Recently, I watched two co-workers in conversation. As they talked and became more animated, it was clear they had both stopped listening to the other, intent on making their point.
The discussion was about when and how to handle the task of clearing out a back office area that had become an ad hoc storage space. One of them had decided it needed to be done – immediately. Her colleague resisted, preferring to delay – or avoid the task altogether and it led to the disagreement I witnessed.
It was a good example of how a small issue can grow into a bigger challenge, usually caused when we expect people to think or approach things the same way we do.
The motivations of both co-workers were equally valid and the difference between them can be explained by face reading.
The one who was ready to do the clear out, had a straight forehead and strong jaw. Her forehead represented a practical, focused approach to solving problems. The shape of her jaw showed determination to stand up for what she believed in, and hold her ground. She didn’t want the area to be for storage and knew it could be used more productively. Her colleague, with her round face and full cheeks, liked having her “stuff” close by and had been using the area for personal storage.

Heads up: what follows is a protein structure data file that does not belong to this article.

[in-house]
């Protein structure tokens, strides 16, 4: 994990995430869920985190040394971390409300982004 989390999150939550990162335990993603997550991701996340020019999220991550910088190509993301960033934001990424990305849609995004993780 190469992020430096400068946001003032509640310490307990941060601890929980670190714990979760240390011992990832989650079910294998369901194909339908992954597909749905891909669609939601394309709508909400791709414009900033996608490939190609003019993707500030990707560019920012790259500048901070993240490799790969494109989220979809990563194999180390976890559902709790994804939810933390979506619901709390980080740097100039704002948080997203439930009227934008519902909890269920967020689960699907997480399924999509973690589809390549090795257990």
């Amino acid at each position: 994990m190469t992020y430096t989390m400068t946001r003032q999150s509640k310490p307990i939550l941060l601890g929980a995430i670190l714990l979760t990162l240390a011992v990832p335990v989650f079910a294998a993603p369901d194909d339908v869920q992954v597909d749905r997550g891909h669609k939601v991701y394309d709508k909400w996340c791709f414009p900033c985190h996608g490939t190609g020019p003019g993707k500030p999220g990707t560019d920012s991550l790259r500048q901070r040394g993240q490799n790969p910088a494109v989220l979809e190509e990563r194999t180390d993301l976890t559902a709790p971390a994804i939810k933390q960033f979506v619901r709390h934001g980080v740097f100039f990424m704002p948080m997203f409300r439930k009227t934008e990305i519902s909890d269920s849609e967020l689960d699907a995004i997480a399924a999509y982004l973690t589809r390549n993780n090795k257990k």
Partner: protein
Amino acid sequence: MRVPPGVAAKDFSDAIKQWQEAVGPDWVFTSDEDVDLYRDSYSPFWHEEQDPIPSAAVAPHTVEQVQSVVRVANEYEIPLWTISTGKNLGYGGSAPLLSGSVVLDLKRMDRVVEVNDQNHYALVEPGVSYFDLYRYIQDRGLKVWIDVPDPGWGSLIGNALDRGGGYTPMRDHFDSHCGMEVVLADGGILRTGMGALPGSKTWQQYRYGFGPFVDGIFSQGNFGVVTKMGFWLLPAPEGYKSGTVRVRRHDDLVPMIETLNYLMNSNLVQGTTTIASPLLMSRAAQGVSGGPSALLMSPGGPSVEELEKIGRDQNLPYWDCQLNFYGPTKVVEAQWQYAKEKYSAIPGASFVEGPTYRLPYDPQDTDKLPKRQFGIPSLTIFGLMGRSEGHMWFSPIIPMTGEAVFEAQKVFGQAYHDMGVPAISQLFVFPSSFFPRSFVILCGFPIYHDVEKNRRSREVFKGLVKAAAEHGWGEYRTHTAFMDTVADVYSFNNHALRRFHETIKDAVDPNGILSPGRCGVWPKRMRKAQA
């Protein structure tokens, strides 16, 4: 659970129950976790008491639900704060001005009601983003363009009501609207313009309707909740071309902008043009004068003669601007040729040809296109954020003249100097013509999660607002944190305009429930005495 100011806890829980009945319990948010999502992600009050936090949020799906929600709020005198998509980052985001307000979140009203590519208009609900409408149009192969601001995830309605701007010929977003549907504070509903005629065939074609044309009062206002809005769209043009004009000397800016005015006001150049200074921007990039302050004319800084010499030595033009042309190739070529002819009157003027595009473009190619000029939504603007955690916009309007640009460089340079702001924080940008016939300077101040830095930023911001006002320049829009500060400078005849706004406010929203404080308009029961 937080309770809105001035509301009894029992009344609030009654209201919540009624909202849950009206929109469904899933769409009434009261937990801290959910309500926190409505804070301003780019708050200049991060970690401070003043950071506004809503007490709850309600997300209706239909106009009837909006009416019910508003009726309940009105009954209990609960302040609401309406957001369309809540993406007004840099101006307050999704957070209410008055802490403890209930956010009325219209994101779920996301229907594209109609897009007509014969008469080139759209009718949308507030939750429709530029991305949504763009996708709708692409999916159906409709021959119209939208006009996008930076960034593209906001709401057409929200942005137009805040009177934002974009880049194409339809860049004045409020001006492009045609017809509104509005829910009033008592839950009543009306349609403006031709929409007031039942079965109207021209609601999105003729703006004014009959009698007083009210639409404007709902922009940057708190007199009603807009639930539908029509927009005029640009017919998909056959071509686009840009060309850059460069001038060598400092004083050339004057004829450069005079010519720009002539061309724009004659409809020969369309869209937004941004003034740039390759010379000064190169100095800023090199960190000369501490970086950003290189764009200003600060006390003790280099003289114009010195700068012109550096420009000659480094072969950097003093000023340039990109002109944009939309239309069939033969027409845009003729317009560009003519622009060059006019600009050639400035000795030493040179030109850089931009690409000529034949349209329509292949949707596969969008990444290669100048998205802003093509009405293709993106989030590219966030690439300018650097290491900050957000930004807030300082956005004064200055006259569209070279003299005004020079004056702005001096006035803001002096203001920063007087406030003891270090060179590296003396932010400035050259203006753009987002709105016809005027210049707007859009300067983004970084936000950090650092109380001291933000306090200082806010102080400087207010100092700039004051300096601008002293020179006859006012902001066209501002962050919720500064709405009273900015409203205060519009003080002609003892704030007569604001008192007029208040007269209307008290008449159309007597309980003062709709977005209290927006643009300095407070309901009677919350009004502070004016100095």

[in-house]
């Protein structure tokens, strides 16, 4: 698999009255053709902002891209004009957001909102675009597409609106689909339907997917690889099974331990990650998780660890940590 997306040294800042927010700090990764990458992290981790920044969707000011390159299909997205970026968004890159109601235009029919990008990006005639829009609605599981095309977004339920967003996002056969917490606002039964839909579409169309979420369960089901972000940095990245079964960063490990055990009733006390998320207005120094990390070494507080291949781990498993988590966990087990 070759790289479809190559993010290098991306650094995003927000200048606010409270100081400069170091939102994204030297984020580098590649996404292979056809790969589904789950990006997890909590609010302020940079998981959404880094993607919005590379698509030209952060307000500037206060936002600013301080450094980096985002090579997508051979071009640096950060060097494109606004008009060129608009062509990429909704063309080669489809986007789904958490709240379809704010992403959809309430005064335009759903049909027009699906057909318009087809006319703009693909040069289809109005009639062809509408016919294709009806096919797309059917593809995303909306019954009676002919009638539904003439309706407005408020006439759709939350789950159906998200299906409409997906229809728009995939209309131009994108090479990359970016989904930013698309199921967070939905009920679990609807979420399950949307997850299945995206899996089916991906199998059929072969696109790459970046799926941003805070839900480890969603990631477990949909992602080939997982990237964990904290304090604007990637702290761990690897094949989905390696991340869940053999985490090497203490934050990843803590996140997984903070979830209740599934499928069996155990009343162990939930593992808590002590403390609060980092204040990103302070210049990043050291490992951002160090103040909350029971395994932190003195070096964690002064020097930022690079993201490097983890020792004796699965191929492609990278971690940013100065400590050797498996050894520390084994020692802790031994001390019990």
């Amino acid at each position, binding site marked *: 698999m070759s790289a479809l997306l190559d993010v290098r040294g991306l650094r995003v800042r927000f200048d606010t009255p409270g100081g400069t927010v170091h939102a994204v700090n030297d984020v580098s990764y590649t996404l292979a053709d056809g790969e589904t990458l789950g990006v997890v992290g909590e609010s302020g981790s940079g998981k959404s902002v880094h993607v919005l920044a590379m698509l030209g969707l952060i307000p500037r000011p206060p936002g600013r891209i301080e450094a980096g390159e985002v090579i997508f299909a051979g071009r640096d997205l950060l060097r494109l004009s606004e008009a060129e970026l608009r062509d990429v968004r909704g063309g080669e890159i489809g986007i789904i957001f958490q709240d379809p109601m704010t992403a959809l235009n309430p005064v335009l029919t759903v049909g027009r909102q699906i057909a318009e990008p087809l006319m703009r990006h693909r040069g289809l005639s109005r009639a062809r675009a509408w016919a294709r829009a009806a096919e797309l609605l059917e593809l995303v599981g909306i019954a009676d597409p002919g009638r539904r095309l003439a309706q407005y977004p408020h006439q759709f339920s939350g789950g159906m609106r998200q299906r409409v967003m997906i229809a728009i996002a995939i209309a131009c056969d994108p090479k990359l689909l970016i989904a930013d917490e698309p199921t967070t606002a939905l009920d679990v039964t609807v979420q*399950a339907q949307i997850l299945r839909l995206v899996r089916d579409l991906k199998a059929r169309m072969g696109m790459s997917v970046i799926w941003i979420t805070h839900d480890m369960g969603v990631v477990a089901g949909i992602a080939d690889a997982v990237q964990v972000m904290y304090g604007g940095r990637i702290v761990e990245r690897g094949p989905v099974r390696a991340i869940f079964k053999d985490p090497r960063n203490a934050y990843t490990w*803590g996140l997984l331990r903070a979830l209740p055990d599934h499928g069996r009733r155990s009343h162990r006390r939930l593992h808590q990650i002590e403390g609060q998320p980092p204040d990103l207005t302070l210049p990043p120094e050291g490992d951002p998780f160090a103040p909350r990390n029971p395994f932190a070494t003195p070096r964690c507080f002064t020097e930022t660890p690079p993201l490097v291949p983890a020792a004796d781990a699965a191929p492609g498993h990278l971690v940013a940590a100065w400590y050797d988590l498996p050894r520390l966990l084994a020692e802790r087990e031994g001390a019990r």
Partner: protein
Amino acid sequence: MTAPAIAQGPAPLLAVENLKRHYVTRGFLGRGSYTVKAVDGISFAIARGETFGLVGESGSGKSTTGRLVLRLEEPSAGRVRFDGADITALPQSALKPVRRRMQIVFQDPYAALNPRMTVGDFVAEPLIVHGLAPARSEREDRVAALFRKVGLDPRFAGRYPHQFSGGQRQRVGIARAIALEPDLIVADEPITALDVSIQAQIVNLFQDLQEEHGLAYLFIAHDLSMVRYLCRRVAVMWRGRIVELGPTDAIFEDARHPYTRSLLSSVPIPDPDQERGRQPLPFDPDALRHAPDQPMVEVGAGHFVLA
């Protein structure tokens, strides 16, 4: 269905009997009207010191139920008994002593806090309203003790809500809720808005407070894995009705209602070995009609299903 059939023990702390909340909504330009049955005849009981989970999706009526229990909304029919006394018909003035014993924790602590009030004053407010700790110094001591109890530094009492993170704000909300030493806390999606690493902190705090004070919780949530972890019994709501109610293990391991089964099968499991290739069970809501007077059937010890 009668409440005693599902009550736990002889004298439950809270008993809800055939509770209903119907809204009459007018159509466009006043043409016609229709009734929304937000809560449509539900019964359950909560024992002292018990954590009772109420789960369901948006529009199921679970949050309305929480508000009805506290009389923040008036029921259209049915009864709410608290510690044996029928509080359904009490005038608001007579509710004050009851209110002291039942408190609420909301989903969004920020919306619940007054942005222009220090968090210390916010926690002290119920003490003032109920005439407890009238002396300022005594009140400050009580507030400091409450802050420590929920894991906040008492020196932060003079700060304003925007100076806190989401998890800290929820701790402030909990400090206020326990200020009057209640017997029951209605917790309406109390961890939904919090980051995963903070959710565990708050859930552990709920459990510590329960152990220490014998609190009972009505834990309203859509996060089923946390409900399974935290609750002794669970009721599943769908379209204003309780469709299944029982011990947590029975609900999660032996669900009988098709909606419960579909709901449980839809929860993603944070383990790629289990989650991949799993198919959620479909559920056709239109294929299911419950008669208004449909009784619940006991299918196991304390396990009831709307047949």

In spite of their disagreement, both perspectives are understandable. And both personalities offered complimentary traits for their business; one being practical and efficient which ensured the continued growth of their business, the other, with a nurturing, supportive skills to make clients comfortable.
Human behaviour is complex and while everyone instinctively operates from their own perspective, by understanding the people around us, we can build respect, value our diverse contributions, and in the end, avoid misunderstandings.